The Baltimore school board has narrowed the search for a new school superintendent to a group of leading candidates -- including the former head of the Los Angeles schools, the first black president of the Maryland State Board of Education, and high-ranking school administrators from Baltimore, Baltimore County, Prince George's County and the District of Columbia, candidates and sources close to the selection process said.
The candidates were among a pool of 18 applicants interviewed by board members over the telephone in the past week and a half. That group of 18 included at least two non-educators and five Baltimore educators as well as the ousted former superintendents of Boston and Selma, Ala.
The board is searching for a replacement for Superintendent Richard C. Hunter, whose three-year contract ends July 31. Mayor Kurt L. Schmoke decided in December that the contract would not be renewed. Dr. Hunter receives $125,000 a year for running a district of 110,000 students.
The board hopes to further narrow the field to four or five candidates by the middle of next week in an attempt to select a new superintendent by May 1, said Robert G. Wendland, the city's deputy personnel director.
The finalists' names will be made public, and they will probably visit the city for a day of interviews with union and community leaders, the full board and Mayor Schmoke, Mr. Wendland said.
The city will also conduct criminal background checks and physical examinations of the finalists, he said.
In a private meeting Monday, board members decided on a list of about 10 leading candidates who will now be investigated by board members before the next cut, Mr. Wendland said. Board members debated for two hours over the 18 who were interviewed. The city received a total of 105 applications in response to newspaper advertisements and letters.
"Part of the problem was that not all the commissioners heard all of the interviews," Mr. Wendland said. "They're going to be spending a lot of this week listening to tapes, and in the meantime they're going to be calling around to get some references and appraisals."
Mr. Wendland declined to identify the finalists and said new names may be added to the list even now.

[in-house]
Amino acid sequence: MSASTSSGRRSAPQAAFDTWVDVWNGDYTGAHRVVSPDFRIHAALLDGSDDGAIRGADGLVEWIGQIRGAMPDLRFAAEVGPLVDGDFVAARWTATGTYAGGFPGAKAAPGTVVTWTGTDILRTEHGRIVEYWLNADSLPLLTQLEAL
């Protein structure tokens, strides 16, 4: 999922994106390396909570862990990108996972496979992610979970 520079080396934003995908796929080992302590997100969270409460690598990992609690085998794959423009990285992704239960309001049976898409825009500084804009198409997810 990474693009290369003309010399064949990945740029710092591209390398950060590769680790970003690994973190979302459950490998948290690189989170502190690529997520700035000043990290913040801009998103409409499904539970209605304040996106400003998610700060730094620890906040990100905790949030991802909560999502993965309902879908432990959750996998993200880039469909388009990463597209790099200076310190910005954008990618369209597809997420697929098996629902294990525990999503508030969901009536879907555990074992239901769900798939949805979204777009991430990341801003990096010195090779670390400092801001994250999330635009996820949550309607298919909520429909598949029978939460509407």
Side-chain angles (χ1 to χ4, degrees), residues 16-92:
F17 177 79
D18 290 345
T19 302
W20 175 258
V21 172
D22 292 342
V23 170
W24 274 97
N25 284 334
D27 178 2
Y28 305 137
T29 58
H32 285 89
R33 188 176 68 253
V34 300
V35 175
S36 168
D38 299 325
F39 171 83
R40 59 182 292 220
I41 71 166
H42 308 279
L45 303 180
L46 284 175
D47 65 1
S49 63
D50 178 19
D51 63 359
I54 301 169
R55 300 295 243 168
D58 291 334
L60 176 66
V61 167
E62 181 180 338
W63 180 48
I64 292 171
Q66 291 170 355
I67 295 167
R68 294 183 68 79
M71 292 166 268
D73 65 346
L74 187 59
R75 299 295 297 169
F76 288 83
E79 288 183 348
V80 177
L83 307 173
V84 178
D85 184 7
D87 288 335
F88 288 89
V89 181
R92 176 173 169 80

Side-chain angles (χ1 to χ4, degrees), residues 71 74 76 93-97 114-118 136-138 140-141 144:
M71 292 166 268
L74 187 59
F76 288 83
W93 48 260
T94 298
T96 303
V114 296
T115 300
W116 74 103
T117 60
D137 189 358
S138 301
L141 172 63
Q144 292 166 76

But a partial list has emerged in interviews with some of the candidates and with school, City Hall and community sources close to the selection process. Some of those under consideration in Baltimore are reportedly candidates in other districts as well -- about 20 school districts are in the market for a new superintendent nationally, including Prince George's County and Washington.
Of the 18 candidates, at least 11 are black. Baltimore's schools are majority black, and Mayor Schmoke has said that race may be a factor in the decision.
According to the sources, front-runners include:
* Walter G. Amprey, associate superintendent for physical facilities in Baltimore County. Mr. Amprey said in an interview that his interest in the position has grown since he discussed it with Mayor Schmoke in early February. Mr. Amprey is among a handful of candidates who Mr. Schmoke personally contacted in an effort to line up applicants for the school job.
* Charles M. Bernardo, who was ousted from his position as Montgomery County's school superintendent in 1979 after a shift in the makeup of the school board. Dr. Bernardo now lives in Florida.
* Leonard M. Britton, former superintendent of the Los Angeles Unified School District, the nation's second largest. Dr. Britton's contract was bought out in 1990, after he announced he would not seek a renewal following a massive teacher strike. He is now an educational consultant. Dr. Britton confirmed in an interview that he is a finalist.
* Jerome Clark, associate superintendent for personnel in Prince George's County.
* Lillian Gonzalez, an assistant superintendent in Washington.
* William G. Sykes, who in 1979 became Maryland's first black state school board president. Mr. Sykes has a background in business and public administration, and runs a consulting firm in Columbus, Ohio. He confirmed yesterday that he is a finalist.
In addition to those identified by sources as finalists, the other candidates interviewed by the board include:
* Samuel L. Banks, director of instructional support for Baltimore.
* Patsy B. Blackshear, associate superintendent of management services, human resources and labor relations in Baltimore, who is reportedly one of seven finalists in Washington.
* Robert L. Clinkscale, Baltimore's assistant superintendent for vocational and adult/alternative education.
* Leonard D. Wheeler, Baltimore's assistant superintendent for elementary schools.
* Hawthorne Faison, superintendent of city schools in Durham, N.C.
* Chester F. Preyar, Baltimore's assistant superintendent for labor relations and human resources.
* Robert Rice, who resigned as superintendent of Anne Arundel County schools in 1988 after losing support of the school board. He is now a vice president at First National Bank of Maryland.
* Norward Roussell, ousted in December 1989 from his position as the first black superintendent of Selma schools, prompting months of demonstrations by his supporters.
* Laval S. Wilson, ousted from his position as Boston's first black superintendent in February 1990. Mr. Wilson still lives in Boston and does educational consulting.
Board member Meldon S. Hollis Jr. said the list included "some strong local candidates" -- a priority for board members.
He added that the board wants "someone with a good community image, who would come to you without a lot of negative press and political baggage."